Our second author in the Everyday Parsi 2020 series is Feroze Jamshedji Unwalla from Mumbai, India.
Feroze Jamshedji Unwalla writes…
My earliest memories of Muktad, in the mid-1940s, were of accompanying my parents and siblings to Daman from Udvada, where we lived. My Bapawaji , Ervad Hormusji .J. Unwalla , the Panthaki of the Daman Dar-E-Mehr, was highly respected not only by the Parsees in Daman but all the other communities who were then under the Portuguese rule. Muktad, observed for 18 days then, was a time our family; my father, Ervad Jamshedji Unwalla and two of my Kakas, Ervad Dadiba Unwalla and Ervad Pestonji Unwalla, performed ceremonies/ prayers together for not only the dearly departed of our family but also the Parsee community residing in Daman.
The day would begin at 2am with the women cleaning the Karasya/Vase while the menfolk would fetch water from the well. The karasya/vase would be then arranged on the marble tables allocated to each of the families with flowers from the Agiary compound. My mother, Goolbanoo Unwalla, and other women of our family would then start preparing the sweets to be offered at the prayers while the men (Mobeds) got ready with arrangements of the fruits etc. I was particularly keen on observing the rituals and would wake up early to watch everyone dedicatedly perform their duties even as my mother would force me to go back to sleep.
The taste of the delicacies malido, papri, bhakra, etc. prepared by the women in our family, is difficult to forget as also the effort they would put in to ensure that it was befitting to be offered for the prayers. As my father and Kakas would be busy with prayers, I would be impatiently waiting for my Bapawaji to take me to the market as was his daily routine.
On the first day of the Gatha, we would be up at 11pm to start prayers at 12am and the same on New Year and Khordad Saal to conclude all the ceremonies. I recollect vividly, my mother and the other women of our family working together to prepare food for the Satum prayers; from drawing water from the well to performing all the chores as a unit. The bond they shared was obvious, even as they laughed and joked while they would unwind at the end of a tiring day.
On completion of Muktad, the karasya/vases were cleaned, my siblings, cousins and I would volunteer to personally return the items to the families who had offered prayers as was the practice. Since we were aware that we would get tipped by a few of them we would compete to get sent to those houses. On the concluding day i.e. Amardad Saal we would be spoilt for choice with the variety of food that would be laid out. Through the years, food also became part of the memories of Muktad.
On becoming a Navar at the age of 13, under the direct guidance of my father, my first experience of performing ceremonies at Muktad was at the Batliwalla Agiary in Tardeo. As much as it was a great learning, as young priests we felt overworked. Prayers would commence at 5am upto 1230pm and on Gatha days upto 130pm. Jashans would then commence at 2pm followed by Satum ceremonies. The Satum ceremony was performed thrice during the day leaving us exhausted by the end of the day. We continued our religious and secular education at the M.F. Cama Athornan Madressa in Andheri.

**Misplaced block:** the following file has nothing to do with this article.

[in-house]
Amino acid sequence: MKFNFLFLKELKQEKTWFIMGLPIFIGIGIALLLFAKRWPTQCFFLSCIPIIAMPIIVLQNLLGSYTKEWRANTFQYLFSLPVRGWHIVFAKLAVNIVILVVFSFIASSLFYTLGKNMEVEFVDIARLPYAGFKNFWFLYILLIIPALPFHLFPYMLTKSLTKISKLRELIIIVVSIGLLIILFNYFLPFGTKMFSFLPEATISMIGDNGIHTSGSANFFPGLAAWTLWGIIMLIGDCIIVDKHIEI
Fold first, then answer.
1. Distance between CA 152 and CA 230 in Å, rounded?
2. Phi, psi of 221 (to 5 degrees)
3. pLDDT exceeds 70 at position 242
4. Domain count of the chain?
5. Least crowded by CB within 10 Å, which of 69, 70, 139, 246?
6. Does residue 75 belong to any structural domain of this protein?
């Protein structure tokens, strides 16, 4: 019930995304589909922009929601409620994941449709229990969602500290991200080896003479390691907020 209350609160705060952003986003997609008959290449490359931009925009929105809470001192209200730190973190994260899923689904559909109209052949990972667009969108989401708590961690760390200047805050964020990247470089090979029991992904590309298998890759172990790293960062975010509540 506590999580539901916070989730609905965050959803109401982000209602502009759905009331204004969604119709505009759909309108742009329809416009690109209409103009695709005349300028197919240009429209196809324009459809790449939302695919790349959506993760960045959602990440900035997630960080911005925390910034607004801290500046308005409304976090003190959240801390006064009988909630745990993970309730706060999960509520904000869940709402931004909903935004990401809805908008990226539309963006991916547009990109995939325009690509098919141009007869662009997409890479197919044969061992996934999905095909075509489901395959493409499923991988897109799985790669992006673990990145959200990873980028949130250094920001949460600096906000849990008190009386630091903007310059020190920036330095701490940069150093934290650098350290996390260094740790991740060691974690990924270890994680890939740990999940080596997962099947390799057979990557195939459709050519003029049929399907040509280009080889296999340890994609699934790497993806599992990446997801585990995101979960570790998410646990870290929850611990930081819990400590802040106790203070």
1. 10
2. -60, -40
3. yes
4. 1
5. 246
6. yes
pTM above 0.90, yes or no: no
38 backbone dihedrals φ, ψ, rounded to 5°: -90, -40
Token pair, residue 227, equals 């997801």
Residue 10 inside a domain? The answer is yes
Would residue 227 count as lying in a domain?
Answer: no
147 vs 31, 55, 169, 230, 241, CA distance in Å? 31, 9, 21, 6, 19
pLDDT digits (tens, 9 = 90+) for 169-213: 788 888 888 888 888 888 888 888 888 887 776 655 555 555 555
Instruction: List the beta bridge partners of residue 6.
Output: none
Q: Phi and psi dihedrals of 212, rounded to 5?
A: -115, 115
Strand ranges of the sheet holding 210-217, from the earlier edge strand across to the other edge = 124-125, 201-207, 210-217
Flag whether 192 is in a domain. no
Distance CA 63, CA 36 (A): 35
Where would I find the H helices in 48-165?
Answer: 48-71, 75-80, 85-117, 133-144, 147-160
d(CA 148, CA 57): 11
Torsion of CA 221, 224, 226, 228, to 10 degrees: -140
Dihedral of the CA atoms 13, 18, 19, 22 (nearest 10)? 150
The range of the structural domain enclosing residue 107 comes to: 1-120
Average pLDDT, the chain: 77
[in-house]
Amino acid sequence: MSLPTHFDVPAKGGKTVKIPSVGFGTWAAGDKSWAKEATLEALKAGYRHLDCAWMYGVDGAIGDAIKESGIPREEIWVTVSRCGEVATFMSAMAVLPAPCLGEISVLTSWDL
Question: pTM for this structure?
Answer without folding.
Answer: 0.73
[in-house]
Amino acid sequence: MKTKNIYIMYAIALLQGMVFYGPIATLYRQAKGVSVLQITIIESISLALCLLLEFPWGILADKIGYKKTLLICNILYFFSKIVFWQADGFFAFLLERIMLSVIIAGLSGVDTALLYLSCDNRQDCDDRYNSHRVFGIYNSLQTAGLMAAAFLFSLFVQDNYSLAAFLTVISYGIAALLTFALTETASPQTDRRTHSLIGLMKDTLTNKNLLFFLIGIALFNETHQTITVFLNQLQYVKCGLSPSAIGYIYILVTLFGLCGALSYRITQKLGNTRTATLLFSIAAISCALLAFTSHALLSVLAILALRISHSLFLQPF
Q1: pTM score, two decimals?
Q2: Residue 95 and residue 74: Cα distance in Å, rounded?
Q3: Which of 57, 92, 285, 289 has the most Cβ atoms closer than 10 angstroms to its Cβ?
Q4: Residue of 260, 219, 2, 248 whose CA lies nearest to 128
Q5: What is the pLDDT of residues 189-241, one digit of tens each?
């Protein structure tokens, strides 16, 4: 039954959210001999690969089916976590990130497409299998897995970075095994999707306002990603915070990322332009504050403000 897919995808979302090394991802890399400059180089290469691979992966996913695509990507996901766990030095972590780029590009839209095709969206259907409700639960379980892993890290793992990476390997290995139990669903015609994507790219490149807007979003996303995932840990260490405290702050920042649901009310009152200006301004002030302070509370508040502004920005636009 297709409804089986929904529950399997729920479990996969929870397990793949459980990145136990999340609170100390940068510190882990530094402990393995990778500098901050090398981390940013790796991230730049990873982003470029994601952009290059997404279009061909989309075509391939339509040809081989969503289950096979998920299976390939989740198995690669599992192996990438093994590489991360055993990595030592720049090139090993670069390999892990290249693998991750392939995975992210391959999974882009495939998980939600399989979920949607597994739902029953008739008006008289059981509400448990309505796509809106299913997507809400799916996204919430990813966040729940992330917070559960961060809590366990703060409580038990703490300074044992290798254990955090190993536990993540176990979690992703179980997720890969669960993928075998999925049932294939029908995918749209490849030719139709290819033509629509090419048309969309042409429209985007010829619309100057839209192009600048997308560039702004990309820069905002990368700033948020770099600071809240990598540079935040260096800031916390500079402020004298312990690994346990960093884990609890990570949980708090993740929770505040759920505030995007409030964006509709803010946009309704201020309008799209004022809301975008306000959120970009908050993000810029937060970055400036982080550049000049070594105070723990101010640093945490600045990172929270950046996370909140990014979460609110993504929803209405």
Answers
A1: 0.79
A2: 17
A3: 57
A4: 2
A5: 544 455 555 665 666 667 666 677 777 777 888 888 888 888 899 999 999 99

I had the privilege of working at several Agiary’s during Muktad as well as otherwise; Ashburner Agiary at Khetwadi where my Fua, Ervad Novroji Unwalla was a Panthaki; Patel Agiary at Mazagaon where my mama, Edulji Bhadha worked and in Daman when I had to stand in for my father who was assigned duties to perform the Boi to Iranshah in Udvada. According to the Udvada Anjuman, the 9 Athornan families are assigned to perform the Boi to Iranshah. Every family was given a month and the 30 days were further divided amongst the families as per the number of members. Our family used to get the privilege every nine months and on many an occasion would happen to be during the last four days of Muktad. My father would leave to undertake his duties at Iranshah on the assurance that me and my brother, Bomy Unwalla, would fill in during his four day absence. It was always a fulfilling experience to be able to perform the ceremonies alongside family during Muktad.
Muktad also took us to Chinoy Agiary in Secunderabad where for many years my brother-in-law Ervad Noshir Dastoor served as Panthaki. My brother and I besides other Mobed’s from Mumbai would offer our services during Muktad for many years which was initially over 18 days and then became 10 days. It became our second home with two of my sisters moving there and the love we received from the community residing in the Agiary premises. We served at the Chinoy Agiary during Muktad until a couple of years after the passing of our father and brother-in-law under Ervad Darabshaw Bhatela, who was also my brother-in-law. The experience was a memorable one; of music programmes that were organized to facilitate bonding and for recreation and the pampering by my sisters.
My Muktad memories are among those I most cherish; of my parents and extended families dedicated to collectively serving our community and the togetherness we experienced in the process!
Feroze Jamshedji Unwalla, residing in Mumbai, hails from a family of priests who have served the community over generations.